Molecular mechanisms of mutations in factor XIII A-subunit deficiency: in vitro expression in COS-cells demonstrates intracellular degradation of the mutant proteins

Thromb Haemost. 1997 Jun;77(6):1068-72.


Factor XIII deficiency is an autosomal recessive bleeding disorder that is largely caused by various mutations in FXIII A-subunit gene. Characteristically, the patients lack both A-subunit activity and antigen in the circulation. Here we have analysed the consequences of four missense mutations (Met242-->Thr, Arg252-->Ile, Arg326-->Gln, Leu498 to Pro) and one stop mutation (Arg661-->Stop) in the FXIII A-subunit gene by expression in COS-cells. After transient transfection each mutant cDNA expressed mRNA at an equal level to the wild type FXIII. However, the mutant polypeptides accumulated in the cells in significantly reduced quantities and demonstrated only very low enzymatic activity. Analysis of immunoprecipitated metabolically labelled polypeptides demonstrated remarkable instability and intracellular degradation of all mutant FXIII proteins. These results verify the deleterious nature of the individual amino acid changes and confirm that protein instability and susceptibility to proteolysis are consequences of the mutations, as predicted from the three-dimensional model of crystallised FXIII A-subunit.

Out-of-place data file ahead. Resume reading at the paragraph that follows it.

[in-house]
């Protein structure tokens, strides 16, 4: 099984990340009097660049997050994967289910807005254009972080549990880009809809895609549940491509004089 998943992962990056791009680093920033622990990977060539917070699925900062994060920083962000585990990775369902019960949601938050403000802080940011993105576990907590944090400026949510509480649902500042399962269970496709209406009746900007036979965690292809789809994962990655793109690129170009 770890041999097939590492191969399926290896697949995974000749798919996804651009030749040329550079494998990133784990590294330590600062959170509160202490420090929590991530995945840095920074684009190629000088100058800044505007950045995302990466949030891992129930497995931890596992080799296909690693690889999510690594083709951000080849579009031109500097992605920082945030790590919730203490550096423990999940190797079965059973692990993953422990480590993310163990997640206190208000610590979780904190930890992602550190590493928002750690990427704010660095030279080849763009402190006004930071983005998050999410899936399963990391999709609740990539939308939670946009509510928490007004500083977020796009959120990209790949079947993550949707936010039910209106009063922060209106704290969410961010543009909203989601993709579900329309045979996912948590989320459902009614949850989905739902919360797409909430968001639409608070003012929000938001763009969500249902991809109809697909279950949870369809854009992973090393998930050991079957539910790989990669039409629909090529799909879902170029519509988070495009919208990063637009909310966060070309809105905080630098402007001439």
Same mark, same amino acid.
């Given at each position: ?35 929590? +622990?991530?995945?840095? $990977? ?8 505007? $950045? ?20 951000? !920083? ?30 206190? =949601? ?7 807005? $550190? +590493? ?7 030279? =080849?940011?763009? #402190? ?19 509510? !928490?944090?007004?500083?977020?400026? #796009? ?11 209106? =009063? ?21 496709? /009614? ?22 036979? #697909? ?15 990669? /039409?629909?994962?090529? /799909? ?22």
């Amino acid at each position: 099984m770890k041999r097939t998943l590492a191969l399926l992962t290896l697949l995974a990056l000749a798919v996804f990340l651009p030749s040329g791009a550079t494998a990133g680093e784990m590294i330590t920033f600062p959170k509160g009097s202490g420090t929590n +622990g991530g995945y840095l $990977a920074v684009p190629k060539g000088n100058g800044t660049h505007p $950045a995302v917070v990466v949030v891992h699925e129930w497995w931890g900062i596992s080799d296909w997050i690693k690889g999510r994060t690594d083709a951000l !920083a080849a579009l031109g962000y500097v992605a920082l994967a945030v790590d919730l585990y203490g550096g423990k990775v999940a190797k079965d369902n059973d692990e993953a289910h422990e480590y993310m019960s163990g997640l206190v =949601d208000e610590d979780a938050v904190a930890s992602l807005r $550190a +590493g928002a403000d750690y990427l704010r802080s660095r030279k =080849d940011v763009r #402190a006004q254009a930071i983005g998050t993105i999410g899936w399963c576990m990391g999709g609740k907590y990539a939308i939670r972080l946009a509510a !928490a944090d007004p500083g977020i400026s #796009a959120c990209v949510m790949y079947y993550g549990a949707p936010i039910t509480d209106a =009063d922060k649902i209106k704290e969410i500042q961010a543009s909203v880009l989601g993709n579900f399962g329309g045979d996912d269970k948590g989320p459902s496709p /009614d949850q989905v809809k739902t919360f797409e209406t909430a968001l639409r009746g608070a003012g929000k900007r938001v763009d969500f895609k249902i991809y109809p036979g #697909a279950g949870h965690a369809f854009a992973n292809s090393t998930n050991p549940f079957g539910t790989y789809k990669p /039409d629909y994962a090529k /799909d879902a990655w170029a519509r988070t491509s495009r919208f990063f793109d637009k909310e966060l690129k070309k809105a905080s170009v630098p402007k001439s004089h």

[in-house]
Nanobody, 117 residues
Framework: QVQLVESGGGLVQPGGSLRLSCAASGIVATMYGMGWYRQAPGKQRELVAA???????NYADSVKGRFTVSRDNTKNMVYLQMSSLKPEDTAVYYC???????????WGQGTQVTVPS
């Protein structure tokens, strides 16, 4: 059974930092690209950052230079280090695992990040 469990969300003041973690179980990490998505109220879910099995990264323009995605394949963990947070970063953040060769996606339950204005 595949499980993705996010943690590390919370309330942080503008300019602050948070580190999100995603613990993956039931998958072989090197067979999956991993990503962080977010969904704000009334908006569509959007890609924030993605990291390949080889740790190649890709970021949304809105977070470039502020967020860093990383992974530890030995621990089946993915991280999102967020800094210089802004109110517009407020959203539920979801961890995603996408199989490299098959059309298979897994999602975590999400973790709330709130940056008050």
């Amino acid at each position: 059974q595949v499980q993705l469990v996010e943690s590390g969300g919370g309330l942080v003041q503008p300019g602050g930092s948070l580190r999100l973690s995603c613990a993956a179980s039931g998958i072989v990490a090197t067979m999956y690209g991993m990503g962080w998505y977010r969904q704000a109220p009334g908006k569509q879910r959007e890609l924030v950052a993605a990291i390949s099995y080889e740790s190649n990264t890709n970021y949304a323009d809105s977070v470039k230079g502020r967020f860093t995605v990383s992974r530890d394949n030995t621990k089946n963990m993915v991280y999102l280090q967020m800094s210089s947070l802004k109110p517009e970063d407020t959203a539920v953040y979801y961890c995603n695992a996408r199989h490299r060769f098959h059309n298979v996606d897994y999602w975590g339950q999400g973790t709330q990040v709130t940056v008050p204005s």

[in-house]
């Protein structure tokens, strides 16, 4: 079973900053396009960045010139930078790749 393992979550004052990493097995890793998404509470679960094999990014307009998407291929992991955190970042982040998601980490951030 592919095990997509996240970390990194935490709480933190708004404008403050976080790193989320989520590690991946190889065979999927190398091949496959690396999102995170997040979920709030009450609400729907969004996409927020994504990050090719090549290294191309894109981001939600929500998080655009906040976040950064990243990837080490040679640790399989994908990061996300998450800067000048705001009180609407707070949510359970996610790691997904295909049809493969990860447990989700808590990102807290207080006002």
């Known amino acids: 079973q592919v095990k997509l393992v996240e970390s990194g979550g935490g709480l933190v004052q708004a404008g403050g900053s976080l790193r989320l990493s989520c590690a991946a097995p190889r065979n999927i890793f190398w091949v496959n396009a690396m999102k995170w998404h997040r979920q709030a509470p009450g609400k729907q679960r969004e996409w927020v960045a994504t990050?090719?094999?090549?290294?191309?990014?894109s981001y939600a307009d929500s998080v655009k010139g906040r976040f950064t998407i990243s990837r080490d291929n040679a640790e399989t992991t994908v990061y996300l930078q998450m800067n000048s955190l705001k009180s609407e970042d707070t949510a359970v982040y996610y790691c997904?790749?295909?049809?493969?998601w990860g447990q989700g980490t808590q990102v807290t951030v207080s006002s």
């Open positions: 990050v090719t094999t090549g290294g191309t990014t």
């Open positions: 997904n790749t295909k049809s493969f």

Publication types

  • Research Support, Non-U.S. Gov't

MeSH terms

  • Animals
  • COS Cells
  • DNA, Complementary / genetics
  • Factor XIII / genetics*
  • Factor XIII / metabolism
  • Factor XIII Deficiency / genetics*
  • Factor XIII Deficiency / metabolism
  • Humans
  • Mutation*
  • Transfection


  • DNA, Complementary
  • Factor XIII